Covering a unique range of social movement cases, the book will be of interest to students and researchers interested in Taiwanese society and politics, as well as social movements and civil society.
Corcuff, Stephane, Soldani, Jérôme (Eds.) (2017)
Taiwan est-elle une île ? Une insularité en question dans la globalisation (Is Taiwan an Island? An Insularity in Question in Globalization).
Aix-en- Provence: Presses de l’Université de Provence.
In 2017 a large edited volume in French on Taiwan Studies, with 20 chapters and based on years of collective work and presentations in regular meetings, will be published. It is co-edited by Stephane Corcuff and Jérôme Soldani and the title of the volume is Taiwan est-elle une île ? Une insularité en question dans la globalisation (Is Taiwan an island? An insularity in question in globalization). This collective book is constructed along the conceptual lines of identity, insularity and locality, with each notion being discussed at length in a long introduction framing them together, in a resolutely social constructivist approach leading is to consider, for instance, that geographic insularity as a given does not lead automatically to a specific insular identity. The book, consisting of three parts of six chapters each (Identity under the work of history; Looking at China, looking at the world; Cultures, identifications and representations in daily life), is encompassing a large number of issues and case-studies to reflect upon what are the many Taiwans we have under our eyes, with a complete index, pictures and maps. Four generations of scholars contributed to it, with French, Taiwanese and Canadian scholars writing what is intended to be a very deep and long-lasting analysis of Taiwan's complex issues related to identity.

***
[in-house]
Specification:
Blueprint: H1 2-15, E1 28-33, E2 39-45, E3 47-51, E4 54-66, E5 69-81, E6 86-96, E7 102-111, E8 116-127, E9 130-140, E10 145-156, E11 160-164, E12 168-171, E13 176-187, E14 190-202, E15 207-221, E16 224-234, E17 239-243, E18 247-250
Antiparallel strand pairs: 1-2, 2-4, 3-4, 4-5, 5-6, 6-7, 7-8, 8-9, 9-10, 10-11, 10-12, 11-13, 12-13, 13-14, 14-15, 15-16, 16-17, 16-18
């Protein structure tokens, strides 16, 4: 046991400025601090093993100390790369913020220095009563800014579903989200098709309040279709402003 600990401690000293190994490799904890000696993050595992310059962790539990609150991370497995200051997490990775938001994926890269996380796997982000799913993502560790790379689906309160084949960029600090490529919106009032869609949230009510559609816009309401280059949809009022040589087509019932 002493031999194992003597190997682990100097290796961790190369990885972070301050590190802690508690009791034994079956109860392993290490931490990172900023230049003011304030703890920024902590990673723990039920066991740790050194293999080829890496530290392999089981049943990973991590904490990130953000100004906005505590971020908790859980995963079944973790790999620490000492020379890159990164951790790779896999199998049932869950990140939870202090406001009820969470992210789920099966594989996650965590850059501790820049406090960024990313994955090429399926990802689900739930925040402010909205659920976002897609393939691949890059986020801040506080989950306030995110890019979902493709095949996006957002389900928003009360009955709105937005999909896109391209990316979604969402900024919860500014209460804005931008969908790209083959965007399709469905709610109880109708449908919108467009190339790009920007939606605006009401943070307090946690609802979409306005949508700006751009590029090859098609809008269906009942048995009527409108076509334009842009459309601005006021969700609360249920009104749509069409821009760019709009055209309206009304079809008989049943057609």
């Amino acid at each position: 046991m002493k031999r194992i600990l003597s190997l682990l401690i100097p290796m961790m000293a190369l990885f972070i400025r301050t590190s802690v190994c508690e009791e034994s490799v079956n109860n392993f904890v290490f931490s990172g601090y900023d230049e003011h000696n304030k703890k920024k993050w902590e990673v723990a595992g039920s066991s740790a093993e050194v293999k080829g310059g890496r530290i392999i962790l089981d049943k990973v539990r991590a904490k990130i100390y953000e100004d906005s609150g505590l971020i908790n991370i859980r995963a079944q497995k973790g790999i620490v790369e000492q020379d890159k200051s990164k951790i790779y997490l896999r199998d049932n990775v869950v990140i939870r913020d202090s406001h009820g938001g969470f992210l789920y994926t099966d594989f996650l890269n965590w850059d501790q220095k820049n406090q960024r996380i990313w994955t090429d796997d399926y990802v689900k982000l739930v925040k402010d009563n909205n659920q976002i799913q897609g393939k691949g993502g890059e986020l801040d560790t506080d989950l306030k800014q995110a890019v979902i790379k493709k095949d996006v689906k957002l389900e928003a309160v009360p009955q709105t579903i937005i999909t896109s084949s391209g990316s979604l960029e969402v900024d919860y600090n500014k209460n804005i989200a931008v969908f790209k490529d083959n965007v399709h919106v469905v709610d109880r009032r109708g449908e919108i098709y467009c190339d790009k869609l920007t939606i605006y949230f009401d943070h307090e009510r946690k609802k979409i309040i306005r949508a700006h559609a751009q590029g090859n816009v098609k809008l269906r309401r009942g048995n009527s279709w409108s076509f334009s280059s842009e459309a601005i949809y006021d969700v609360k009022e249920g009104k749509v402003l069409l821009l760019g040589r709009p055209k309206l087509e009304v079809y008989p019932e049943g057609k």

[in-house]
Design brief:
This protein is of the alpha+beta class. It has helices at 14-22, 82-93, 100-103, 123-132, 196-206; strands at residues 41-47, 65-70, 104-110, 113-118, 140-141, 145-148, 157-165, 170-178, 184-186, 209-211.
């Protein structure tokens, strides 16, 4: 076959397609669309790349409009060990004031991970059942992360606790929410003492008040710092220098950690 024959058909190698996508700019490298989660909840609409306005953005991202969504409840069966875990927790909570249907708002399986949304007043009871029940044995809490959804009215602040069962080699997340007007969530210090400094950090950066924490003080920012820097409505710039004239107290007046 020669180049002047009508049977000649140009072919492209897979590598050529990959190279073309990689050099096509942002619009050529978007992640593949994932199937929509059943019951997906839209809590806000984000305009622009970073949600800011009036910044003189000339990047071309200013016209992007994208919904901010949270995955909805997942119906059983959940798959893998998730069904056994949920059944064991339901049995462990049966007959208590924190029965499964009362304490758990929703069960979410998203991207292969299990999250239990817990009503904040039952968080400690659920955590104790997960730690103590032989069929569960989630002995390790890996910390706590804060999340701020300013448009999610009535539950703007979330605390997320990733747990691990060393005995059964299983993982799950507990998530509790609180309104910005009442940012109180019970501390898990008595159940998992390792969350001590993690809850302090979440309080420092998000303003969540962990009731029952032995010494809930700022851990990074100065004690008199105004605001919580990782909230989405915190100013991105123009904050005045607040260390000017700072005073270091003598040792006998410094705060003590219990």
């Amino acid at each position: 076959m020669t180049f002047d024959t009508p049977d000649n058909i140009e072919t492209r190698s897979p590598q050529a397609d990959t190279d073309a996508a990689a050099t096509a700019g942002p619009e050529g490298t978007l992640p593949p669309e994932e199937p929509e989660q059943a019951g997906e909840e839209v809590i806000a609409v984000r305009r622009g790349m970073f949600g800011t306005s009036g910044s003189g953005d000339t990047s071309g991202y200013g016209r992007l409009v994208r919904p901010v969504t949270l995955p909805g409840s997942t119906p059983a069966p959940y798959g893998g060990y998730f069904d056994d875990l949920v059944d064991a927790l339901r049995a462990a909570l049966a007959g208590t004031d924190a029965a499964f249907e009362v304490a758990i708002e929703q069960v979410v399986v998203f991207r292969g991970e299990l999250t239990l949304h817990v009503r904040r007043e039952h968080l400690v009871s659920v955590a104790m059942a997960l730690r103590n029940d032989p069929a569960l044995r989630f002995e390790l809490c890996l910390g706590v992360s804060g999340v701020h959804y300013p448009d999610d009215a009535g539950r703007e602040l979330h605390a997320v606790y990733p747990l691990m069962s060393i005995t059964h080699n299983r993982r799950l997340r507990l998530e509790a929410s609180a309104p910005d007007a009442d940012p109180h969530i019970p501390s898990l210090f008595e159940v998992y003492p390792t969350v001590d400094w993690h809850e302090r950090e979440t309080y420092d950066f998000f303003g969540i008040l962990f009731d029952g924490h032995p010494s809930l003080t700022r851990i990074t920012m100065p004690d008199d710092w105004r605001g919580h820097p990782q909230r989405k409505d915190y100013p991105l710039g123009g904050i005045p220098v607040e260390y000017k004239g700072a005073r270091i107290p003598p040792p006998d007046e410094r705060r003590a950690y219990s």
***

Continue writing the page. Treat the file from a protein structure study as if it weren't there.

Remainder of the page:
Liao, Da-chi, Chen, Bo-yu, Jensen, M.J. (Eds.) (2016)
Political Behavior and Technology: Voting Advice Applications in East Asia.
Basingstoke: Palgrave Macmillian. (978113751892)
This volume is a study of the emergence and consequences of computerized voting advice applications (VAAs) in Japan, South Korea, and Taiwan. In contrast to the European experience of VAAs simplifying vote choices, this research shows that VAAs in East Asia may increase their complexity. The evidence shows that VAA use in East Asia has significantly different implications than in the more familiar European cases where VAA use is quite common. Although VAAs are intended to simplify voter choices and encourage issue voting, the results here show that they increase participation among otherwise politically alienated populations, and they may encourage voting for minor parties.
Chi, Ta-wei (紀大偉) (2017).
A Queer Invention in Taiwan: A History of Tongzhi Literature (同志文學史：台灣的發明) (in Chinese).
Taipei: Lian Ching (聯經).
Since the 1990s, the expression “tongzhi,” literally “comrade,” has been reinvented as a localized synonym for the LGBT in the Chinese-speaking communities since the 1990s. In the 520-page book (with 300,000 Chinese characters), Tongzhi wenxueshi: Taiwan de faming (A History of Tongzhi Literature: An Invention in Taiwan), Ta-wei Chi (PhD UCLA, assistant professor of Taiwanese literature at National Chengchi University, email@example.com ) presents a tongzhi history as a “public history” of Taiwan alternative to the official history which has marginalized both the LGBT and literature. According to Chi, “tongzhi modernity” might be more fully embodied by cinemas and activisms in the UK and the US, by night lives in Japan and Thailand, but it has been literature that exemplifies tongzhi modernity in post-War Taiwan. But how about China? Readers commonly assume that tongzhi literature enjoys a lengthier, richer history in China than that in Taiwan. Yet as this book recognizes, whereas tongzhi modernity is also vibrant in China, tongzhi modernity in modern China lies in domains other than literature. This book is a history ranging from the 1950s to the 2010s, referrring to nearly 100 writers and more than 100 literary texts. This book is useful for the Chinese-reading scholars and students who are interested in Taiwan, literature, or LGBT histories.
Published by the Linking Publishing in Taipei in February 2017, Tongzhi wenxueshi: Taiwan de faming is available in paperback and hardcover. Global shipping is available here.